More troubled waters 

Metro area residents whose attention was focused on the zoo issue last week may not have noticed, but the Detroit water department, like the rest of city government, is cruising dangerously close to treacherous financial shoals.

To make a long story slightly shorter, here are the basics: The Detroit City Council needed to approve an increase in water rates for the coming year on March 1 to have the new prices go into effect by the start of the coming fiscal year. According to Victor Mercado, head of the city's Water & Sewerage Department, the council needed to approve rate increases of nearly 6 percent for the city and its suburban customers. By his estimate, for every week that passes without a rate increase, the water department will lose about $1.1 million. Flushing that much money down the toilet doesn't exactly seem like a good idea for a city hemorrhaging red ink.

The other issue, he said, is the potential for missing bond obligations. That could have two possible results, neither of which is good: An increase in the cost of borrowing money and $30 million in penalties.

"We urge you to please pass rates," Mercado told the council. "We know that other cities have run into major problems when they didn't approve rates."

After all the debate, council declined to pass water rate increases by a 5-4 vote.

The reason?

Earlier in the week, Ted Phillips, executive director of the Detroit-based United Community Housing Coalition, told council that 40,000 Detroit households had their water shut off last year because of their inability to pay their bills. This roused council's ire, fairly enough. But some members refused to approve new rates unless a water affordability plan was tied to any proposed rate increase. The council had called for the formulation of such a plan a year ago, but city lawyers never got around to creating one. Council is now saying no plan, no rate approval — something it could have conceivably signaled before it came down to crunch time.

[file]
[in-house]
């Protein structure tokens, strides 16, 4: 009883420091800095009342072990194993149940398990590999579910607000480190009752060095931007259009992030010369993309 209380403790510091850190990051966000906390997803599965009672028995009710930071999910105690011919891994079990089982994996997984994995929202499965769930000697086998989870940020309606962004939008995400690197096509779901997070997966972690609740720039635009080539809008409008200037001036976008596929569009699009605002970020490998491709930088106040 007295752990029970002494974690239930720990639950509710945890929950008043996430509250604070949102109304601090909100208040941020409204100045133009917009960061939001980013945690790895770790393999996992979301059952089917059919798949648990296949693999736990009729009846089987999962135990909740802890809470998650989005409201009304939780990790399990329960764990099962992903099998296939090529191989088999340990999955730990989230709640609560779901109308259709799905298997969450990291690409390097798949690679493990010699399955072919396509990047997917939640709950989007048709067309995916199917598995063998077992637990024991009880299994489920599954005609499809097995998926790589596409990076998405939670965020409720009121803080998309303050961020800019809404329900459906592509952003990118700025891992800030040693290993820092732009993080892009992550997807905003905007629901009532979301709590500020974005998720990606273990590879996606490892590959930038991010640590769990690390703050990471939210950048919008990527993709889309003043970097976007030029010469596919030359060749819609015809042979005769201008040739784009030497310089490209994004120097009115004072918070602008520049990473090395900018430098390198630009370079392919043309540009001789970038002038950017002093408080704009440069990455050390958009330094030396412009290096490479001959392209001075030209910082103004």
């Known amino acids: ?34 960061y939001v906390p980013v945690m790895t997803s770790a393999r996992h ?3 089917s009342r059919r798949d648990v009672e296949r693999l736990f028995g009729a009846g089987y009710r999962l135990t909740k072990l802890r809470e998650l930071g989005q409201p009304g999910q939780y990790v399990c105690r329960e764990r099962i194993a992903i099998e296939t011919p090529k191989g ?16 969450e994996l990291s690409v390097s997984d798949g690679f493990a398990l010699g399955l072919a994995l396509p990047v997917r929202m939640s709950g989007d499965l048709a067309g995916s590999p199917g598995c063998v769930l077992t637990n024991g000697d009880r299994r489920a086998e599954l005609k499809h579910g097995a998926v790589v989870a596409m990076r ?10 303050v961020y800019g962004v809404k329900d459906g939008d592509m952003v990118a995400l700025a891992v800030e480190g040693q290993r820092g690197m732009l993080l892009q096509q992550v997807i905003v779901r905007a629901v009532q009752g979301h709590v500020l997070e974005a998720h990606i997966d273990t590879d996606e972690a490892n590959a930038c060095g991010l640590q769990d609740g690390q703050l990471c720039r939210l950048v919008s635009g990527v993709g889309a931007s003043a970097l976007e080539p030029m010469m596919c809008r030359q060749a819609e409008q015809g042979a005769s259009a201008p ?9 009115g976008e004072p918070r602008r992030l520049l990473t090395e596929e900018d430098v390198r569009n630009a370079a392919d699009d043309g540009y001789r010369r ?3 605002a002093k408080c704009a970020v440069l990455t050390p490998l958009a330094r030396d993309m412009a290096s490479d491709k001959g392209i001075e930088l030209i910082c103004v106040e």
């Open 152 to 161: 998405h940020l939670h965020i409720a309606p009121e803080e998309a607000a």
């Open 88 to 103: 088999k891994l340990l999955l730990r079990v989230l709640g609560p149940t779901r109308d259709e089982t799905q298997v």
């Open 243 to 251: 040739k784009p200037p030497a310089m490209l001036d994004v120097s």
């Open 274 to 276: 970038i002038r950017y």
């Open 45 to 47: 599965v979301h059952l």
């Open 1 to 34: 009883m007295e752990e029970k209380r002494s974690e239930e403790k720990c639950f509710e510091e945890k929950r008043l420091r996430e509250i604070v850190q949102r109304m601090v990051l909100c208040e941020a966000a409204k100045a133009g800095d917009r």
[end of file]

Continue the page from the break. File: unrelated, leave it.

The city's lawyers are looking into creating an affordability plan that wouldn't have higher-income residents subsidizing those with lower incomes. Otherwise, such a plan could be considered a de facto "water tax," which would violate state law. The city's Law Department promised to have something in front of the council by April 15.

Not fast enough, said Councilwoman JoAnn Watson. She said she wouldn't vote to approve rates until an affordability plan was presented. Four other council members concurred.

Mercado left the auditorium before we could ask about his reaction to the vote. But his beet-red face spoke volumes. We did get to talk to Councilwoman Sheila Cockrel, who said she supports having an affordability plan but voted for the rate approval to meet financial obligations. Her take is that this inability to make the most basic decisions for the water department will give ammunition to outside interests already looking to gain control of the city's water department.

"It sends an unfortunate message to some of the forces in Lansing that want to take it over," she said.

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